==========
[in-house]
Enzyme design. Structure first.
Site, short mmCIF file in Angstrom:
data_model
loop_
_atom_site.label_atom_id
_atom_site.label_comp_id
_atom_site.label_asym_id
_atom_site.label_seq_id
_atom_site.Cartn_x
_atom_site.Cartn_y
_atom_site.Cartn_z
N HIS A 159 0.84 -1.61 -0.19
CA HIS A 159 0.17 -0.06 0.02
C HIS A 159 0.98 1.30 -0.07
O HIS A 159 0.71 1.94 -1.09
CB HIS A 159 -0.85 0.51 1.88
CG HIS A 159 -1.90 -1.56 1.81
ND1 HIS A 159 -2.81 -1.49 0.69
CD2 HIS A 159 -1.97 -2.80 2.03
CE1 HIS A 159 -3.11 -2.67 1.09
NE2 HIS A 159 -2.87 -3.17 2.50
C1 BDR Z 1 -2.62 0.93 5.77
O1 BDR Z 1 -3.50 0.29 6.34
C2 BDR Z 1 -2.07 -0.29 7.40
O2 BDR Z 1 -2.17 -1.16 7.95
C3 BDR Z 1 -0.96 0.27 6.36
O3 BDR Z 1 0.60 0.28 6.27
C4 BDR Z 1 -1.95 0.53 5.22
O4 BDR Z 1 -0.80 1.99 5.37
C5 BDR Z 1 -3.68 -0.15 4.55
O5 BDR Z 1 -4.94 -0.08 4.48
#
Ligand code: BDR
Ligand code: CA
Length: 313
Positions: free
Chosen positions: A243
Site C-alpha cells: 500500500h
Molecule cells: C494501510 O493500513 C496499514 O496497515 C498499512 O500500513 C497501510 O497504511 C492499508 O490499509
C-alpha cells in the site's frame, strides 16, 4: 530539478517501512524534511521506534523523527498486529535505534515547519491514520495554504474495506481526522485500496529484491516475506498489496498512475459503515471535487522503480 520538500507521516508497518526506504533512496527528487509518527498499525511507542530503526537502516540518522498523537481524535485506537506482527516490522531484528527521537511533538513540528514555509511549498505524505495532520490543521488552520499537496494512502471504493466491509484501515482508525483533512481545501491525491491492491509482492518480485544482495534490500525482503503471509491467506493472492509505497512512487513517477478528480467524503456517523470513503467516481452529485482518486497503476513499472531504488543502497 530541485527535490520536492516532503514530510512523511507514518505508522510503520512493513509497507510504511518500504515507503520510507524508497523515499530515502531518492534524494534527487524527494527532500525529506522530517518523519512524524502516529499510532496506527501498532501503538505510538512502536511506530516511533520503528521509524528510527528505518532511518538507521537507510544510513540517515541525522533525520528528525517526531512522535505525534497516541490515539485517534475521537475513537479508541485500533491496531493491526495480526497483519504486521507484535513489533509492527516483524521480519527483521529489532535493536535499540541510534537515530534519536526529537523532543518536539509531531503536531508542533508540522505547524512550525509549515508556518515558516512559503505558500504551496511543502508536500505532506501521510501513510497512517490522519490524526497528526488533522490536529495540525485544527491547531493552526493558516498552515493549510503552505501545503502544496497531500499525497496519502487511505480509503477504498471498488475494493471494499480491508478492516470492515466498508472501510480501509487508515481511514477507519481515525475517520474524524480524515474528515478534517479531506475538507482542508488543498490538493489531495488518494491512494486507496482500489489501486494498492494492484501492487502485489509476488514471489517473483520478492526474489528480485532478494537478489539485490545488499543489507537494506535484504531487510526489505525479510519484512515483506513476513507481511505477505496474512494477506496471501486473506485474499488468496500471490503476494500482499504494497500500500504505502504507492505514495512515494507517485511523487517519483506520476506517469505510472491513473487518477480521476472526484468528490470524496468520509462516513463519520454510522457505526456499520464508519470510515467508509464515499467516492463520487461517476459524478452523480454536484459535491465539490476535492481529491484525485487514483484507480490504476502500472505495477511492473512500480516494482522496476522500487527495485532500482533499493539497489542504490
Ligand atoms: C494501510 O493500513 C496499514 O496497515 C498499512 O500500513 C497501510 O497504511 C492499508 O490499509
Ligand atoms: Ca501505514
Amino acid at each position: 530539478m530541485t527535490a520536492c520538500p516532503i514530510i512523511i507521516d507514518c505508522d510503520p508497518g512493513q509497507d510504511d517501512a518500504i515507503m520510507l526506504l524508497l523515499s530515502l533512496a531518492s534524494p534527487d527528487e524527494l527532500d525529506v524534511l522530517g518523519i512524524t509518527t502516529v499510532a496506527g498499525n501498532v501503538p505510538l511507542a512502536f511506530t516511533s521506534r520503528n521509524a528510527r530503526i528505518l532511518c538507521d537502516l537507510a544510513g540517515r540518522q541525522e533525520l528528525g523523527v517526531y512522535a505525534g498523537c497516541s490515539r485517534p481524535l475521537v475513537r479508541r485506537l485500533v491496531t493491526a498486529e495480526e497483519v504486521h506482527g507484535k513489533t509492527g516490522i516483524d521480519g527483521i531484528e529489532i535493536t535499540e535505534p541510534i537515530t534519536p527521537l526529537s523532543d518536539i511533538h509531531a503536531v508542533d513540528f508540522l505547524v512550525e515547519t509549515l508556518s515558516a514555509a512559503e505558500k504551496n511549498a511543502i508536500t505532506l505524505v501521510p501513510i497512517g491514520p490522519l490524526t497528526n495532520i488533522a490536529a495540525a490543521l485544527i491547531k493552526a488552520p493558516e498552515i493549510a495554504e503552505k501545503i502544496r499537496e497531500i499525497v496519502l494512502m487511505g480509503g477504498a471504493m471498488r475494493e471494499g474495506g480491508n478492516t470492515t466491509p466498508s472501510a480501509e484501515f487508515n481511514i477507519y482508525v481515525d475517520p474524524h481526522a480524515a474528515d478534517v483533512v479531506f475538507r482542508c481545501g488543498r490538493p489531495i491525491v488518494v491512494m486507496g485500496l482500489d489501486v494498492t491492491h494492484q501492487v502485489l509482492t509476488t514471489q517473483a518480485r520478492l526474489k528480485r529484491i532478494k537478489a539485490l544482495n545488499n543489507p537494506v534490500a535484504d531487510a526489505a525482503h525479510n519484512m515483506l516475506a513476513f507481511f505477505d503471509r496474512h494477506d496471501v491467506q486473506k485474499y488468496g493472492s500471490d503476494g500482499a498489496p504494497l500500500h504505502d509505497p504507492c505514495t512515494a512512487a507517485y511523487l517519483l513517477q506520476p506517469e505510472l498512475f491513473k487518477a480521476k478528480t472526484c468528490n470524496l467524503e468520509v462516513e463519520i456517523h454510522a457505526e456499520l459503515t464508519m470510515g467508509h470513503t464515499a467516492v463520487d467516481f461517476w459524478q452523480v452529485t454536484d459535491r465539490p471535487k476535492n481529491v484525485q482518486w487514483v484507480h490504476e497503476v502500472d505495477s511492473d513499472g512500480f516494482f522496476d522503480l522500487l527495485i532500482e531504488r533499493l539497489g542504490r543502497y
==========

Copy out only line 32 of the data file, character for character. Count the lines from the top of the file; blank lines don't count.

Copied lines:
O5 BDR Z 1 -4.94 -0.08 4.48